Serhiy Volyna, commander of Ukraine’s 36th Separate Marine Brigade, asked Musk, the world’s richest man, to help arrange safe passage to another country for the defenders surrounded by Russian troops. It comes after Azov battalion officer Illia Samoilenko accused the government in Kyiv of failing in its defence of southern Ukraine and abandoning Mariupol’s garrison to its fate. 

There was no response on Musk’s own Twitter account to the post. 

Mariupol steel plant’s ‘dead men’ call for rescue plan

More European gas buyers open rouble accounts 

Ten more European gas buyers have opened accounts at Gazprombank, doubling the total number of clients preparing to pay in rubles for Russian gas as President Vladimir Putin demanded.

A total of 20 European companies have opened accounts, with another 14 clients asking for the paperwork needed to set them up, according to a person with knowledge of the situation, who declined to identify the companies.

Finland’s leaders support joining Nato 

Finland’s highest-ranking policymakers threw their weight behind an application to join Nato, expected within a few days. President Sauli Niinisto and Prime Minister Sanna Marin said in a statement on Thursday that they favour membership in the North Atlantic Treaty Organization. 

“Finland must apply for Nato membership without delay,” they said. 

The shift in Finland’s defensive position was spurred by the full-scale war Russia is waging in Ukraine. Neighbouring Sweden is also nearing a decision in the coming days and plans to send an application on Monday, Expressen reported on Thursday, citing sources it didn’t identify. 

German utility borrows billions to cope with wild prices  

German utility RWE was forced to borrow billions to cope with wild price swings as the war in Ukraine deepens Europe’s energy crisis. The energy giant secured a third credit line, boosting its liquidity by €3-billion for the next two years, the company said in its earnings report. It now has access to a total of €8-billion to help pay down margin calls, the collateral required to back the firm’s trades.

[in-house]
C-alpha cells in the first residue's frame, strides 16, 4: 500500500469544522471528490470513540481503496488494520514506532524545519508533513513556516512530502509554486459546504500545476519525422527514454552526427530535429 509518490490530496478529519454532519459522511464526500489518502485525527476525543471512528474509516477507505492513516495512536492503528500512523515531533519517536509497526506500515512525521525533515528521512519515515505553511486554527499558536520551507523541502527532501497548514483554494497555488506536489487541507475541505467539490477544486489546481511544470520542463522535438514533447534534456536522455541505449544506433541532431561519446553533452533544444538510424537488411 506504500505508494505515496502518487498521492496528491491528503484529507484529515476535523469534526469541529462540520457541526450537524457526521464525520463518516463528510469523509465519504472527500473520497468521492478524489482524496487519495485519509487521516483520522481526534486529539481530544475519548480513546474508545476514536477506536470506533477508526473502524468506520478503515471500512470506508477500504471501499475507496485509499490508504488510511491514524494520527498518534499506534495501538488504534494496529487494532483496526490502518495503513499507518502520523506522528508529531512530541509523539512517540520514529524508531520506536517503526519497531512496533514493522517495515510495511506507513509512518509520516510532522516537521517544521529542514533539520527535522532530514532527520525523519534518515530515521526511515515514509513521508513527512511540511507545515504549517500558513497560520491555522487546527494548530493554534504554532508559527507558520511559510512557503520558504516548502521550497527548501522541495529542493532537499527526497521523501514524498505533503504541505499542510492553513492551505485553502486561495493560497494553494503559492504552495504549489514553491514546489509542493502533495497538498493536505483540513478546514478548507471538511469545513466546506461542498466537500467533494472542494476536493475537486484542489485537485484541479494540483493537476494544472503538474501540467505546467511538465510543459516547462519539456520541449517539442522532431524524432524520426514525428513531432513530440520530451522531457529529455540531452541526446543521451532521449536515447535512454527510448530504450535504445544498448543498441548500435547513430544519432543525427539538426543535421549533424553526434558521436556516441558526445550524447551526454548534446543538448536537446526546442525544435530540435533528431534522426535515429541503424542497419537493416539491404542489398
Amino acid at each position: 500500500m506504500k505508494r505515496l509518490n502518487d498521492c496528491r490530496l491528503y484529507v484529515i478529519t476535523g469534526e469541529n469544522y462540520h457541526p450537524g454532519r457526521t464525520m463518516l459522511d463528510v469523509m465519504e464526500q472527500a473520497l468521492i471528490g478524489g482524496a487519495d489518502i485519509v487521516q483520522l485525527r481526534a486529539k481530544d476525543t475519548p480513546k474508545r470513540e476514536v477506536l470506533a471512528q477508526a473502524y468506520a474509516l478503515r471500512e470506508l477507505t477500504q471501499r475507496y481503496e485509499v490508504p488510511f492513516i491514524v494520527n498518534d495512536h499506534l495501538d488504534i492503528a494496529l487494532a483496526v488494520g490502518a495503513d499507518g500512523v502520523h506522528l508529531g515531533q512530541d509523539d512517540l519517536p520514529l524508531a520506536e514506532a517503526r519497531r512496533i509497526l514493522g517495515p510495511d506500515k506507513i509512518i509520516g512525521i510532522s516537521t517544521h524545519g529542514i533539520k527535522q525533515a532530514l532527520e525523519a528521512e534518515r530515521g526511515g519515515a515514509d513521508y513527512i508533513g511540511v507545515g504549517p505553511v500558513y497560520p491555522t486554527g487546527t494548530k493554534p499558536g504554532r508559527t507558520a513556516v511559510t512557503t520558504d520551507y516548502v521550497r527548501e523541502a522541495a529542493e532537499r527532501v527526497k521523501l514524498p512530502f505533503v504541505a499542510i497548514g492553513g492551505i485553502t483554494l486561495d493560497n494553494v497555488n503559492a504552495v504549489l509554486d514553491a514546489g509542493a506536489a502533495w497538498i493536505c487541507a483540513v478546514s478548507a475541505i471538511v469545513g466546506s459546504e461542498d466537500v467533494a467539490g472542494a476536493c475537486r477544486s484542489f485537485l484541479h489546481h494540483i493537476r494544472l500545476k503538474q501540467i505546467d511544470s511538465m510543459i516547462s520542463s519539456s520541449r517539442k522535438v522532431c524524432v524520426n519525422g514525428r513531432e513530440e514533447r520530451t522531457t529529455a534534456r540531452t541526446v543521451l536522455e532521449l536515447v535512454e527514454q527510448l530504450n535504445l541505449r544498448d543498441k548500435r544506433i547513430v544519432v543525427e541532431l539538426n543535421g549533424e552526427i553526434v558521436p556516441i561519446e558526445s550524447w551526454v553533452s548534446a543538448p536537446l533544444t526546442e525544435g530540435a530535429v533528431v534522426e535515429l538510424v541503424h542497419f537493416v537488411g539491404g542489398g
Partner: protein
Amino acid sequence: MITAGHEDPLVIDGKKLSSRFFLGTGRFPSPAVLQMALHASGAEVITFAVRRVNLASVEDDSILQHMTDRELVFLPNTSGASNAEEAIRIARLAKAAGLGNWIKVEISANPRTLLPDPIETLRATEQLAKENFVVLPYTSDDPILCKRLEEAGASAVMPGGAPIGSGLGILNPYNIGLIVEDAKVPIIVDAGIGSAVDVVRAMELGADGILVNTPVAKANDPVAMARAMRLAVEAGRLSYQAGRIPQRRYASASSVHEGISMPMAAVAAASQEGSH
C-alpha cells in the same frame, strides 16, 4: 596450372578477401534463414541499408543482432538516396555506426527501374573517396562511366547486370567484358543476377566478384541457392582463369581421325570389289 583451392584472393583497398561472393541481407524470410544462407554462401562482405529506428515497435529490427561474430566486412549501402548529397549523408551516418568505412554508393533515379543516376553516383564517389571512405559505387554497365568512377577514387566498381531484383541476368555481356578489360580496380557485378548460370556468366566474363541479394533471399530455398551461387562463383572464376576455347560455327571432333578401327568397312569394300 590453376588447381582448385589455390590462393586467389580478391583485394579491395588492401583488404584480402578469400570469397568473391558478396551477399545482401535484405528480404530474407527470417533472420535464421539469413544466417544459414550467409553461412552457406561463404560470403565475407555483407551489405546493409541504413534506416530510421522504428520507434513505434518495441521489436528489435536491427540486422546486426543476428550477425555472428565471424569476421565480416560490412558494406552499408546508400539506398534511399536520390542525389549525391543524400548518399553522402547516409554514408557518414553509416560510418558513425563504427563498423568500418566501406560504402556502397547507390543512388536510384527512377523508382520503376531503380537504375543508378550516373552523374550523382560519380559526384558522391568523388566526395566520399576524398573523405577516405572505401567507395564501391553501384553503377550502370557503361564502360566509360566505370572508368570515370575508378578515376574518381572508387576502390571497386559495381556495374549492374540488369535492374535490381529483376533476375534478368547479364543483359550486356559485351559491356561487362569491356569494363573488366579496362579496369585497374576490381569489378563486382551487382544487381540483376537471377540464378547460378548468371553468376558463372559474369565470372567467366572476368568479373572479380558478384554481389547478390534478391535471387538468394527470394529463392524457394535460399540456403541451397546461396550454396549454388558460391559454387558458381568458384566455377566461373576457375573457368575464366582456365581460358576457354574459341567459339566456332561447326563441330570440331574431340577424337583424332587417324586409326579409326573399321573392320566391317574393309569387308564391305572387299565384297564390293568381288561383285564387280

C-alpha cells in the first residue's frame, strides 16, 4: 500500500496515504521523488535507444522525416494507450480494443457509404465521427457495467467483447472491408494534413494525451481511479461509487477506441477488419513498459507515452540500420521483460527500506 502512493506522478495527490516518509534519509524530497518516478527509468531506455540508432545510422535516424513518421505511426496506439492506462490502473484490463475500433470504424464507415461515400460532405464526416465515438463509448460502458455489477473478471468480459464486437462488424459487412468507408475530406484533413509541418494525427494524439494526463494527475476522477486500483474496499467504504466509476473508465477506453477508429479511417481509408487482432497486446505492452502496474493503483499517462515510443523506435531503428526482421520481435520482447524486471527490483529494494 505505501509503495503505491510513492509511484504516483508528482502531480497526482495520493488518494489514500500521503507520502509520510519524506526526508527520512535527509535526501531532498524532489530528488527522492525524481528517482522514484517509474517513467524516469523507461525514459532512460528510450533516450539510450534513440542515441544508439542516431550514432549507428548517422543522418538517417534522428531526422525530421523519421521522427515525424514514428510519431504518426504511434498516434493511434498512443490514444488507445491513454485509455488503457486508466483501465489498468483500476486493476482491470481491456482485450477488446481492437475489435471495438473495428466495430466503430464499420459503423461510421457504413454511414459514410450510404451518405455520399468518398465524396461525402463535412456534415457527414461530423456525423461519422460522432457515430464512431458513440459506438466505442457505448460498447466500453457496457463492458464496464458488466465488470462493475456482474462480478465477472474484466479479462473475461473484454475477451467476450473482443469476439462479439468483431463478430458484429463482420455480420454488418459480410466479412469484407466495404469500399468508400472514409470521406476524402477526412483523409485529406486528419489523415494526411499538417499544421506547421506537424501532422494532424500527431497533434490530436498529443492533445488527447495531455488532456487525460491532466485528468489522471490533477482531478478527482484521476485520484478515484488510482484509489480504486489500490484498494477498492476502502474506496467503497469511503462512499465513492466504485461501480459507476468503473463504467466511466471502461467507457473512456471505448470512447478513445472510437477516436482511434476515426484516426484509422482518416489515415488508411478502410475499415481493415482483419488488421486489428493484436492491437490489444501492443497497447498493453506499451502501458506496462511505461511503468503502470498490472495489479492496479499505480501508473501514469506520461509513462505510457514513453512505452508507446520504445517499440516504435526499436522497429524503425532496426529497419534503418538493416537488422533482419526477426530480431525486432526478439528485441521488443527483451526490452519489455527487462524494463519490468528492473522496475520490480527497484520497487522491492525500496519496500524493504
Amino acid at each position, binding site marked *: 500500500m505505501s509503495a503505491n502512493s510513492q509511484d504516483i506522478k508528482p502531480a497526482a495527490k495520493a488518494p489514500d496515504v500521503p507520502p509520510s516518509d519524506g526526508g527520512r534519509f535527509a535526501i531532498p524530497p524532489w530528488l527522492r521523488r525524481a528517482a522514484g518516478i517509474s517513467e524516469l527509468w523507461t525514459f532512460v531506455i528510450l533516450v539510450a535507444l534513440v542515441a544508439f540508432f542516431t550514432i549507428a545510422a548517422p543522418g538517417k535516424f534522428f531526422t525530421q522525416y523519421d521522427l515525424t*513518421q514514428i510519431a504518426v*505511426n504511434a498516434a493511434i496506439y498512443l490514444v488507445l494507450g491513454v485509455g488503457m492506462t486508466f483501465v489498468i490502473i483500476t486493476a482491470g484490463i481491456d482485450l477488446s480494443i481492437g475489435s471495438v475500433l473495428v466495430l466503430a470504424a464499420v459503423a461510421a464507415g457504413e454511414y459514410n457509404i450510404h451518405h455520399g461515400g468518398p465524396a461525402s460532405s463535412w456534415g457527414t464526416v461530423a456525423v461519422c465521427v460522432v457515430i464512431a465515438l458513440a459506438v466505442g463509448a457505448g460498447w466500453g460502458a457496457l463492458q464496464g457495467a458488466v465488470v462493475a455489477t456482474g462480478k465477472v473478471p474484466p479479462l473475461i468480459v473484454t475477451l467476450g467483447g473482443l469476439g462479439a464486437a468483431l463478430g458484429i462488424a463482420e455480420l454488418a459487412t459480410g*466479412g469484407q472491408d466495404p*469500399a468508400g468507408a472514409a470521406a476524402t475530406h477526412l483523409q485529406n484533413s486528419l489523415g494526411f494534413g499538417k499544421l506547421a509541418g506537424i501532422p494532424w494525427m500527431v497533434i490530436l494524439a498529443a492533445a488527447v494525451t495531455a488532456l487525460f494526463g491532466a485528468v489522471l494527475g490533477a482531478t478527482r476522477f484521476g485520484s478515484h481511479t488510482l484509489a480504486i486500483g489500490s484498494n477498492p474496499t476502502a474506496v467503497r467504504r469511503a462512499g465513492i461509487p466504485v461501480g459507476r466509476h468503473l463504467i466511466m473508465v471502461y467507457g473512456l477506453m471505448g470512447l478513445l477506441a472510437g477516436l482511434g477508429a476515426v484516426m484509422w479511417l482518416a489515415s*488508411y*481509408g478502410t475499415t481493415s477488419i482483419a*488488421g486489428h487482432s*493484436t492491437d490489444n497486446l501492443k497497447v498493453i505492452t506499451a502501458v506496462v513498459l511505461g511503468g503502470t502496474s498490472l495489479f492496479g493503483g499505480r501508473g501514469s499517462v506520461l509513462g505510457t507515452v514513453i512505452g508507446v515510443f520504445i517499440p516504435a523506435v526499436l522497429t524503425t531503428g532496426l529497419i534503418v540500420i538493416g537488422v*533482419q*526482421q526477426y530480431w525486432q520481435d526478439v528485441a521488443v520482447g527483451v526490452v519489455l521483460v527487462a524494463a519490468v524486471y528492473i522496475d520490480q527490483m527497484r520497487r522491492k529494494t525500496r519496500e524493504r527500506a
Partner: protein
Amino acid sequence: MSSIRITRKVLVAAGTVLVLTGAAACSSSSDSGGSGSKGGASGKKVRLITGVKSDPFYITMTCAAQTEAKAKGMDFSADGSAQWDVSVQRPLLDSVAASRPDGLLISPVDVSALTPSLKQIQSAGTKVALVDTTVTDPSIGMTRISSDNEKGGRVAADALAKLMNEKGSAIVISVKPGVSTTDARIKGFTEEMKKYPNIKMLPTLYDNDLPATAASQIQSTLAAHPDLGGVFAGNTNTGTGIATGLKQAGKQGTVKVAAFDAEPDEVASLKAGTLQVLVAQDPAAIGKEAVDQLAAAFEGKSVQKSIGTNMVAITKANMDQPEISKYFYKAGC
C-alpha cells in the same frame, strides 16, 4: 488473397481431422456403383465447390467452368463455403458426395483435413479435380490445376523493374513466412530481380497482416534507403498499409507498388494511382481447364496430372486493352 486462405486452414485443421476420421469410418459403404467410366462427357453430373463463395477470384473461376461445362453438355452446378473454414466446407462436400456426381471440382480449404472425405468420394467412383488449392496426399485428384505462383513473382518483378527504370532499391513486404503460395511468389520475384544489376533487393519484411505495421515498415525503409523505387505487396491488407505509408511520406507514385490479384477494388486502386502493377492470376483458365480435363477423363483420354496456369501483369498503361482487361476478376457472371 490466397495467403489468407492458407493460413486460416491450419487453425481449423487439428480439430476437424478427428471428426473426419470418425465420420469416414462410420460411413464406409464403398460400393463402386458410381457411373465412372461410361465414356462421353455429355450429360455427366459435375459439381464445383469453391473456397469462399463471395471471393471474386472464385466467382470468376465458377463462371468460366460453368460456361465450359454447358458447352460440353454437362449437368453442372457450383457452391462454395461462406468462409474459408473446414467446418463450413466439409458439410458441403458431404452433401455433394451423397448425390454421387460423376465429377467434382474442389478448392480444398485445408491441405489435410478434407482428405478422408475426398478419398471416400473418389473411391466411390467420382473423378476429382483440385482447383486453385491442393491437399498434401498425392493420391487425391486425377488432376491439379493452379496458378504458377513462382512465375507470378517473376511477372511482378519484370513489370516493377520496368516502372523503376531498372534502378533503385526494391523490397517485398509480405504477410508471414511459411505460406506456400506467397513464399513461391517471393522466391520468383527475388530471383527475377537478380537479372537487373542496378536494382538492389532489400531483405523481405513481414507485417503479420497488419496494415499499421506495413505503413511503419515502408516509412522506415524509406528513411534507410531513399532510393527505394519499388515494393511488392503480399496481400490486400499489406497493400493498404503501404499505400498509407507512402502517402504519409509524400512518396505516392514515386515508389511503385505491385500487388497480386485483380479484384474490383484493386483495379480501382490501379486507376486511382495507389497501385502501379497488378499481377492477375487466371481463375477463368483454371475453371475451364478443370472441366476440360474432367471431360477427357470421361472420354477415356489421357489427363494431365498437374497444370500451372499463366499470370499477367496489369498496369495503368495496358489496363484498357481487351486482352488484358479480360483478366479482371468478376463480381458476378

China spoilt for choice of oil as many avoid Russia 

Chinese oil buyers are spoilt for choice right now even as lockdowns hurt demand, as they can opt for everything from discounted Russian crude and sanctioned Iranian oil to regularly taken Middle Eastern barrels.

Beijing has emerged as one of the beneficiaries of the conflict in Europe, which sparked a surge in crude prices to the highest followed by a period of volatility. Beijing has stood by Moscow since the invasion, effectively clearing the way for refiners in the world’s largest oil importer to discreetly take Russian barrels that are being shunned by the US and UK. 

Economy minister says Germany can endure Russia gas halt  

German Economy Minister Robert Habeck said in an interview with WirtschaftsWoche that the ability of Europe’s largest economy to endure a halt “is subject to several preconditions” but it was doable. 

He said the country could weather a ban so long as it fills storages, progresses on liquefied natural gas (LNG) terminals and cuts consumption. The comments come as Germany is planning four new floating LNG projects and fast-tracking approvals to slash its dependence on Russian gas. 

Read more: Germany ‘can endure Russia gas supply halt’ 

EU chief says Russia threatens global order 

European Commission President Ursula von der Leyen met Japanese Prime Minister Fumio Kishida in Tokyo, where they discussed Russia’s war, which she said was putting the global, rules-based order to the test.

Russia “is today the most direct threat to the world order, with a barbaric war against Ukraine and its worrying pact with China and their call for new and very much arbitrary international relations”, she said at a news briefing. DM